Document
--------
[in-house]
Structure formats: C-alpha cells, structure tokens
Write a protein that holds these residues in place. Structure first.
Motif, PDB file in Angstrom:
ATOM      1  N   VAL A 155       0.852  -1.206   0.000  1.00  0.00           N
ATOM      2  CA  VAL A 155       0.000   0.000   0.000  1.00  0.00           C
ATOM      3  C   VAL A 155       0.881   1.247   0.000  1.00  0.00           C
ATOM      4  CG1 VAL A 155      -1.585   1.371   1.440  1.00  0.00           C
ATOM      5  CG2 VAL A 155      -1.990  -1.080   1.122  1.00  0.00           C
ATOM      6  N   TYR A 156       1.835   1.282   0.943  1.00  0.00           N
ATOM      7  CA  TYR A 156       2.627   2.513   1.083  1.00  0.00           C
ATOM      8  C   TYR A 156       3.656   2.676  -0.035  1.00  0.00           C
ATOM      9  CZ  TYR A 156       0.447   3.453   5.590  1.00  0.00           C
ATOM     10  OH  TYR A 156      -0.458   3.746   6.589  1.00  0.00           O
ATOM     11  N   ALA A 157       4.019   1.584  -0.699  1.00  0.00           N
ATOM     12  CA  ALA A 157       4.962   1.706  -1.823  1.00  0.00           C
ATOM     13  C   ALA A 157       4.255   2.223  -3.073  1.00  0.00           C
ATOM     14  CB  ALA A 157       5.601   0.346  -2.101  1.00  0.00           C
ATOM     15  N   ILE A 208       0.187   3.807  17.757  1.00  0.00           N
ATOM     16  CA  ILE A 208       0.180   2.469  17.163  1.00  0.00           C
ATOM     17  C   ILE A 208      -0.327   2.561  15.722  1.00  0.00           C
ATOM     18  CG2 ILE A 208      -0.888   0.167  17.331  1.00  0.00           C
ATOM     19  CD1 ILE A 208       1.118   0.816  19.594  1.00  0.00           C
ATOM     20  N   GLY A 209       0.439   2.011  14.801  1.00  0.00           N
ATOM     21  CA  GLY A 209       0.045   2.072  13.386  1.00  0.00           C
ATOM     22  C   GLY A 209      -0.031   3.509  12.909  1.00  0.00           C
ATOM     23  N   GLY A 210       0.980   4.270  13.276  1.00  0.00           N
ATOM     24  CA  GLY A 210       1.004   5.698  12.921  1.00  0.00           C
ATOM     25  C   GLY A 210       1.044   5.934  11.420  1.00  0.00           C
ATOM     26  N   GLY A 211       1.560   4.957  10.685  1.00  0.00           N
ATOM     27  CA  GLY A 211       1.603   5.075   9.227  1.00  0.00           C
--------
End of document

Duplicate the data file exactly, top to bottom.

[in-house]
Structure formats: C-alpha cells, structure tokens
Write a protein that holds these residues in place. Structure first.
Motif, PDB file in Angstrom:
ATOM      1  N   VAL A 155       0.852  -1.206   0.000  1.00  0.00           N
ATOM      2  CA  VAL A 155       0.000   0.000   0.000  1.00  0.00           C
ATOM      3  C   VAL A 155       0.881   1.247   0.000  1.00  0.00           C
ATOM      4  CG1 VAL A 155      -1.585   1.371   1.440  1.00  0.00           C
ATOM      5  CG2 VAL A 155      -1.990  -1.080   1.122  1.00  0.00           C
ATOM      6  N   TYR A 156       1.835   1.282   0.943  1.00  0.00           N
ATOM      7  CA  TYR A 156       2.627   2.513   1.083  1.00  0.00           C
ATOM      8  C   TYR A 156       3.656   2.676  -0.035  1.00  0.00           C
ATOM      9  CZ  TYR A 156       0.447   3.453   5.590  1.00  0.00           C
ATOM     10  OH  TYR A 156      -0.458   3.746   6.589  1.00  0.00           O
ATOM     11  N   ALA A 157       4.019   1.584  -0.699  1.00  0.00           N
ATOM     12  CA  ALA A 157       4.962   1.706  -1.823  1.00  0.00           C
ATOM     13  C   ALA A 157       4.255   2.223  -3.073  1.00  0.00           C
ATOM     14  CB  ALA A 157       5.601   0.346  -2.101  1.00  0.00           C
ATOM     15  N   ILE A 208       0.187   3.807  17.757  1.00  0.00           N
ATOM     16  CA  ILE A 208       0.180   2.469  17.163  1.00  0.00           C
ATOM     17  C   ILE A 208      -0.327   2.561  15.722  1.00  0.00           C
ATOM     18  CG2 ILE A 208      -0.888   0.167  17.331  1.00  0.00           C
ATOM     19  CD1 ILE A 208       1.118   0.816  19.594  1.00  0.00           C
ATOM     20  N   GLY A 209       0.439   2.011  14.801  1.00  0.00           N
ATOM     21  CA  GLY A 209       0.045   2.072  13.386  1.00  0.00           C
ATOM     22  C   GLY A 209      -0.031   3.509  12.909  1.00  0.00           C
ATOM     23  N   GLY A 210       0.980   4.270  13.276  1.00  0.00           N
ATOM     24  CA  GLY A 210       1.004   5.698  12.921  1.00  0.00           C
ATOM     25  C   GLY A 210       1.044   5.934  11.420  1.00  0.00           C
ATOM     26  N   GLY A 211       1.560   4.957  10.685  1.00  0.00           N
ATOM     27  CA  GLY A 211       1.603   5.075   9.227  1.00  0.00           C